DVD Review #10: X2: X-Men United (2003)

February 4, 2010 at 10:17 AM | Posted in Based on a Comic, DVD Reviews, Franchise Film | Leave a comment

Yep, he was totally a mutant. You didn’t know?

Despite the effort made, I don’t think this sequel tops the original in any way. It doesn’t even manage to match it. There’s a real jumble of ideas here, and a confusion about what to do with the characters.


Basically, the story tries to set up a human as the villain, and regardless of him having a backstory, he’s not very engaging or very threatening. Magneto here is reduced to teaming up with the X-Men, and he doesn’t do very much. The setpieces of the first film, such as a train being ripped in half and the Statue of Liberty used to house a weapon, are absent here. Instead, we get a couple of cop cars flipped over and exploding, which is repetitive of the cop car gag from the first movie, and a boring secret base under a Canadian dam. Where the movie tries to set up a war against the mutants, it never really happens, and thus a grander scale is not achieved.

Mystique is the only character really used to decent effect. Everybody else just scrambles around like headless chickens. Logan goes to the secret base only to leave again because it was secret. Rogue runs around in her nightie for a minute, and then learns to fly a jet for one scene. Xavier is in a fog for most of the film. Cyclops gets kidnapped and doesn’t do much. Storm makes a couple storms. Jean’s character progresses sort of vaguely until the end, where she dies. Magneto is manipulated, breaks out of prison, tries to turn on everybody, then flies away.

The big action scenes in this movie consist of a teleporting semi-attack on the White House, Wolverine murdering a bunch of soldiers-for-hire, the aforementioned cop cars exploding, a fighter jet attack, a very stabby Wolverine fight scene, and a dam breaking. Aside from the ridiculously violent Logan fight, which is ultimately pointless, only the Nightcrawler attack is particularly original. The jet fight is done well, but there are lots of dogfight movies, even without tornadoes, and this has ultimately been made redundant by the much more exciting and much funnier scene in Iron Man.

The “plot,” involving somehow making a brand new, yet inexplicably rustier copy of Cerebro in order to kill all mutants, tends to be too offscreen and convoluted to have much effect. An unwelcome formula crops up when you watch all three films, which is that they all revolve around the powers of mutants everywhere, which is a broad scope that’s never really supported onscreen. We only see the homelives of, by my count, three mutants, and those lives are vague at best. In the first movie, Magneto wants to make all humans into mutants, even though the machine doesn’t work and will just kill them (he adapts to this news quite calmly). X2 has a human trying to kill all mutants, and then Magneto tries to kill all humans. X3 presents the notion of humans trying to cure all mutants, by force. More personal stories, or more black-and-white good vs. evil battles should have been the first step before attempting to portray mutation as a global phenomenon, when the only mutants we ever see all end up at Xavier’s school. The same trick in three variations doesn’t work. And when it works best is in the first film, where it’s quite easy to identify with being a human, and not wanting to turn into a mutant briefly before melting.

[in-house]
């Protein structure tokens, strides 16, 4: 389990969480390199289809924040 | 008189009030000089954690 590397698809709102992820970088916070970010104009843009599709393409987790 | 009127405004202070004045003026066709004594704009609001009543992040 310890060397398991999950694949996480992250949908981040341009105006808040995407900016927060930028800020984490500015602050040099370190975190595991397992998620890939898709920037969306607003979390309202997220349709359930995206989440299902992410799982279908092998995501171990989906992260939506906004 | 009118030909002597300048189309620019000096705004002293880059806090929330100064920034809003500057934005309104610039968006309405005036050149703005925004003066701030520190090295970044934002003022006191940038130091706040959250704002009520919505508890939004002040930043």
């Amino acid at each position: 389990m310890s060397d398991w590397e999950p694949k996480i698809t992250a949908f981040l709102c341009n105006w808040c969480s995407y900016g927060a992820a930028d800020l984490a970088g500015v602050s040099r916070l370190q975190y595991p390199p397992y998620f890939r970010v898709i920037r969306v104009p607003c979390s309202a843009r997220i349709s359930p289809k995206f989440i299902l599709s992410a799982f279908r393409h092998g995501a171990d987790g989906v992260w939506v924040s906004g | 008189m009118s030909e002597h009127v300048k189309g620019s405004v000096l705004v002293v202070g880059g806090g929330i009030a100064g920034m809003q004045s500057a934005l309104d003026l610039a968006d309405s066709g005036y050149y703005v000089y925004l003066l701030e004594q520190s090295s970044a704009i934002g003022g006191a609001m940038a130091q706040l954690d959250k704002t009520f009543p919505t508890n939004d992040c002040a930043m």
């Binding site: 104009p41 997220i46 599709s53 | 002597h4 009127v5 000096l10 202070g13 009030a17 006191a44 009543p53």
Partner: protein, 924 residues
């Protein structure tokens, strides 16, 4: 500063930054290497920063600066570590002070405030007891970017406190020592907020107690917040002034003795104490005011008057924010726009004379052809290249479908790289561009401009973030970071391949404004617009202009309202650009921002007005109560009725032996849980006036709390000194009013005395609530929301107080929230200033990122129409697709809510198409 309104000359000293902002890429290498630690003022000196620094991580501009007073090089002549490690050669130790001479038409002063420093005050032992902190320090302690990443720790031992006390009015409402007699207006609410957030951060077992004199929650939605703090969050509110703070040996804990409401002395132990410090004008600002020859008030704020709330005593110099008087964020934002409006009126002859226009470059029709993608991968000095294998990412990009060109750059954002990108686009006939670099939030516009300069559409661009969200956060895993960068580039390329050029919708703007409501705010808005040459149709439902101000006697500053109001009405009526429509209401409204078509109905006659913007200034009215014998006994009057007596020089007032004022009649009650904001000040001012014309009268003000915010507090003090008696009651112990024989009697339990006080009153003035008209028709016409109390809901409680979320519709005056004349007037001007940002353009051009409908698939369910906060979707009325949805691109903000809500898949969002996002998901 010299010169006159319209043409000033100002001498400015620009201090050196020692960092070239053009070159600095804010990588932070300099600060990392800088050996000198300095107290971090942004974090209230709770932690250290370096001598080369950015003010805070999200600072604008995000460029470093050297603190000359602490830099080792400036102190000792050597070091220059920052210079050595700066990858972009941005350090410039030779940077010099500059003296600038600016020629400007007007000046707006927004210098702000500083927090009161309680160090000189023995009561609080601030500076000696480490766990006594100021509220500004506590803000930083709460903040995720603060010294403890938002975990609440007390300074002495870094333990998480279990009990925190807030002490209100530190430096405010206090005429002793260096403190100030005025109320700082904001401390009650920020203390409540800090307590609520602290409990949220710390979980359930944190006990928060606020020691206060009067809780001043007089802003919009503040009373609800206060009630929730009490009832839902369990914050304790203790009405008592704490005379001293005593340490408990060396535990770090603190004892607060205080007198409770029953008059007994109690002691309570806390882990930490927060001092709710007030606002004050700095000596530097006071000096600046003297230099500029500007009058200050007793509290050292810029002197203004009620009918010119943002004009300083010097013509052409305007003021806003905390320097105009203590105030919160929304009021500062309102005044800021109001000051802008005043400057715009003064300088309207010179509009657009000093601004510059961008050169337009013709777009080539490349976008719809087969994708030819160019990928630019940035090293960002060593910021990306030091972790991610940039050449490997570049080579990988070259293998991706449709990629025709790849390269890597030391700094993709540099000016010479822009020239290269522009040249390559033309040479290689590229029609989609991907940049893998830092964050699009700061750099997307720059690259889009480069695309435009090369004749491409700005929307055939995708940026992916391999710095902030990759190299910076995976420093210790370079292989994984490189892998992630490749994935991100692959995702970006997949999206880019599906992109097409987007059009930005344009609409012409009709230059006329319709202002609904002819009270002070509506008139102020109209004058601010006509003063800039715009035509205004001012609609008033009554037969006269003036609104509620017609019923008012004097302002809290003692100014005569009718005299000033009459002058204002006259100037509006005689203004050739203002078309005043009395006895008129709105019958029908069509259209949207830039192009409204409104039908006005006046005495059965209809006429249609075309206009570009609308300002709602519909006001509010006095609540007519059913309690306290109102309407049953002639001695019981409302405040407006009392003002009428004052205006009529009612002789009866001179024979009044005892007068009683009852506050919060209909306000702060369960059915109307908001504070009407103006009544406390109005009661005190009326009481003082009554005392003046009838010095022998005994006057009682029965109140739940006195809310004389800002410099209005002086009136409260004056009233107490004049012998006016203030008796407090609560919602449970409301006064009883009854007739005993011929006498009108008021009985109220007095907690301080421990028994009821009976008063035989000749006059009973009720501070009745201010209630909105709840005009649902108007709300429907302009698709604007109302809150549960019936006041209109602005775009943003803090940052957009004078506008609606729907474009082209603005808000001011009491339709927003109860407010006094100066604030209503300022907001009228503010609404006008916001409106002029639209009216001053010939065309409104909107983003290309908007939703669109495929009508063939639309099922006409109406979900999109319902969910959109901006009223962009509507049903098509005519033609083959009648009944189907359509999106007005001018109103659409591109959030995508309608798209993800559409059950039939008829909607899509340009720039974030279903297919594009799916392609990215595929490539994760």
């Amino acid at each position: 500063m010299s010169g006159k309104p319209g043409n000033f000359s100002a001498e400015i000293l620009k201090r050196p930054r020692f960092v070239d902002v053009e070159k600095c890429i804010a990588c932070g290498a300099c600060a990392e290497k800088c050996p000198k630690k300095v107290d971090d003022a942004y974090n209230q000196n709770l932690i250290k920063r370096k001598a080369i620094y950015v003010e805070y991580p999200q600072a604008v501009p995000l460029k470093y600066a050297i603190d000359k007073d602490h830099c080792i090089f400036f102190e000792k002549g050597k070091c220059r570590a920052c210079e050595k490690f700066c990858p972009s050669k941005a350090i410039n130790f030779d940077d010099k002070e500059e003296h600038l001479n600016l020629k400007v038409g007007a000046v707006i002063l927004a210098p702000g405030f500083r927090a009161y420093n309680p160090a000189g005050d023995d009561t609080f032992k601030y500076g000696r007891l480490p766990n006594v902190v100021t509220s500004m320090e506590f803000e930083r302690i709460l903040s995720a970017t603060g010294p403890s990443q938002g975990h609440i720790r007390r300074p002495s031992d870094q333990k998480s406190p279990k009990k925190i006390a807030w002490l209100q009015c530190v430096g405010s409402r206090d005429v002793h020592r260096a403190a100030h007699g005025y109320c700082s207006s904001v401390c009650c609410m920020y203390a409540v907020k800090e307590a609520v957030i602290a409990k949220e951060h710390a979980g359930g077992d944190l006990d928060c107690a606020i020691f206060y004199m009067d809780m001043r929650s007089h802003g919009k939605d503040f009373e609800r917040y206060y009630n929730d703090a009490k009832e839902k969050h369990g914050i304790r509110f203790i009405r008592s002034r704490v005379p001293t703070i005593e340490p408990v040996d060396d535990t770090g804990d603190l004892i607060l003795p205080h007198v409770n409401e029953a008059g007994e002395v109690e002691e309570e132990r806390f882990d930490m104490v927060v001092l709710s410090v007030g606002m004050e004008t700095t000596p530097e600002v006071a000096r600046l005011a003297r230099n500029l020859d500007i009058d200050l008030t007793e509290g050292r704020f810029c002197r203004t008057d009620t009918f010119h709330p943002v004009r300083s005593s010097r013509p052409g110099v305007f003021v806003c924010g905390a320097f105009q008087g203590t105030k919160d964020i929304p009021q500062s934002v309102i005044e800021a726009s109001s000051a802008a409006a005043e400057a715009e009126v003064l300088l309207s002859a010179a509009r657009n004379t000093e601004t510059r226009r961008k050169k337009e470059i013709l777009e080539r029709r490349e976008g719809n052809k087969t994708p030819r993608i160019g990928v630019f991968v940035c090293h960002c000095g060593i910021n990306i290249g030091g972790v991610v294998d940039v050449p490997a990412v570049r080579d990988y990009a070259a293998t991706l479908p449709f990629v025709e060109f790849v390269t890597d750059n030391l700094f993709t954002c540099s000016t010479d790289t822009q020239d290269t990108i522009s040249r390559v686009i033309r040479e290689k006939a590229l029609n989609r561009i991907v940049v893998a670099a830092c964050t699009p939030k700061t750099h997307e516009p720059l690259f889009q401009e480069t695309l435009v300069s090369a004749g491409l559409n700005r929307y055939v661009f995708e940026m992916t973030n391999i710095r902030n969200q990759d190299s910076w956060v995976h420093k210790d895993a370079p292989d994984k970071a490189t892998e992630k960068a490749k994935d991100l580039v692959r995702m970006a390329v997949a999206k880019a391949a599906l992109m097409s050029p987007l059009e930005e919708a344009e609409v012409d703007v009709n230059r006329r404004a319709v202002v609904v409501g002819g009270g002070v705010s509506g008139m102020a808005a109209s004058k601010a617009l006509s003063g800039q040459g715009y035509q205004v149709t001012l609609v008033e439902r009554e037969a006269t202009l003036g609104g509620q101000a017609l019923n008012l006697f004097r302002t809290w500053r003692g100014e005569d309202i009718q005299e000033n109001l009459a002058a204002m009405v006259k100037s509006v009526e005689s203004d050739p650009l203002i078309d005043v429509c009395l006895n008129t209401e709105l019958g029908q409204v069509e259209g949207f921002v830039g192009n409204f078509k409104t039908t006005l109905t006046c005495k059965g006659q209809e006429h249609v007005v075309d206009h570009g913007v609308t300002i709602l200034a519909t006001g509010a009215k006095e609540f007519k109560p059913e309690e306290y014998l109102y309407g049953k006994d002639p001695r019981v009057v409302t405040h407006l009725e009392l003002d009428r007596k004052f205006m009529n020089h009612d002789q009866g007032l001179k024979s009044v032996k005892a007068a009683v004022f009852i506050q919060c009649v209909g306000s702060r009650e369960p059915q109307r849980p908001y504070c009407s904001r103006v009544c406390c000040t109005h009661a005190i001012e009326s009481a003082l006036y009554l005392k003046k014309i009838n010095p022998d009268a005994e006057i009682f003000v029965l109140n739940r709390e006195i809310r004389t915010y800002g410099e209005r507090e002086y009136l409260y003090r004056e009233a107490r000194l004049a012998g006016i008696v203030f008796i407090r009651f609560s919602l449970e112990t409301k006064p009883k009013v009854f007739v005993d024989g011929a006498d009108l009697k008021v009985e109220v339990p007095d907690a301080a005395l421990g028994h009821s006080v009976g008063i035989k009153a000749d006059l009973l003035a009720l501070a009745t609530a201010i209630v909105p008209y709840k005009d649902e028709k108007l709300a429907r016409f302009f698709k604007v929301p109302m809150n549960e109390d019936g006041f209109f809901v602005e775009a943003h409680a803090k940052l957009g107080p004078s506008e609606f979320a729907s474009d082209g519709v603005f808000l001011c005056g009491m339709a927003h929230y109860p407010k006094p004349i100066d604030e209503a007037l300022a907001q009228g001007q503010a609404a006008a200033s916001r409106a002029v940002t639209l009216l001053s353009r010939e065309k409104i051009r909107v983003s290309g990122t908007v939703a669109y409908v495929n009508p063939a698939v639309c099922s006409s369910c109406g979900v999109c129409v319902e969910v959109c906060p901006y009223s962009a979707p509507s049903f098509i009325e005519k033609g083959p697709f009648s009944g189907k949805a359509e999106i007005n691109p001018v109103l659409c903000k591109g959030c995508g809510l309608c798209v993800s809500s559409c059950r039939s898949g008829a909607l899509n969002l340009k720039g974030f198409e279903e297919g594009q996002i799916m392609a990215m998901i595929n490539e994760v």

Logistics is a huge problem with X2, which doesn’t know how to coordinate all of its characters. It can be twenty minutes between scenes of any given character, and it’s never clear what the others are doing when they’re not onscreen. Xavier gets kidnapped, and then the movie cuts to a bunch of idiots flying around in a jet while they do errands. When you cut back to Xavier, the idiots are still flying around in a jet doing nothing for a good ten minutes. Magneto escapes and apparently just goes to hang out in the woods. All the kids supposedly leave the mansion, but many are never seen again. It’s pretty much a big mess, with a story that tries to seem important, but comes across as boring. The movie tries to be darker in the Empire Strikes Back style, but really just lacks any color or any great amount of humor or excitement. It all feels flat, and it falls flat. The only draw of the movie is to see Wolverine stab a lot of people.

Ironically, the movie has little to do with any uniting of X-Men. In fact, it is only Magneto and Mystique that unite with a small group of the X-Men. The X-Men themselves are quite separated in this film, far more than in the first movie. I guess X2: X-Men Wandering Around Doing Different Things In Various Groupings didn’t test well as a title.

Brian Singer does the commentary for this one with his cinematographer. But actually, the producers and writers have the more interesting track. The writers are genuinely funny, whereas Singer spends a lot of the movie talking about the circles and X’s he put in every shot, like some demented tic-tac-toe fanatic.

X2’s bonus disc presents the comic book history feature that strangely didn’t appear on the first movie’s DVDs, but has since become a standard inclusion of Marvel films (albeit sometimes taken to ridiculous extremes).

There’s also a separate, but brief, feature about the character of Nightcrawler.

For the movie proper, there are features about the general design of the movie, an hour-long making-of, behind-the-scenes of Nightcrawler, 25 minutes of visual effects, scoring the movie, some webcast footage, a couple of fight scene rehearsals, trailers and galleries. Not nearly as much here as with X-Men 1.5, but still substational for a regular, non-special edition release.

Film Connections:
DVD Review #9: X-Men 1.5
DVD Review #15: X-Men: The Last Stand

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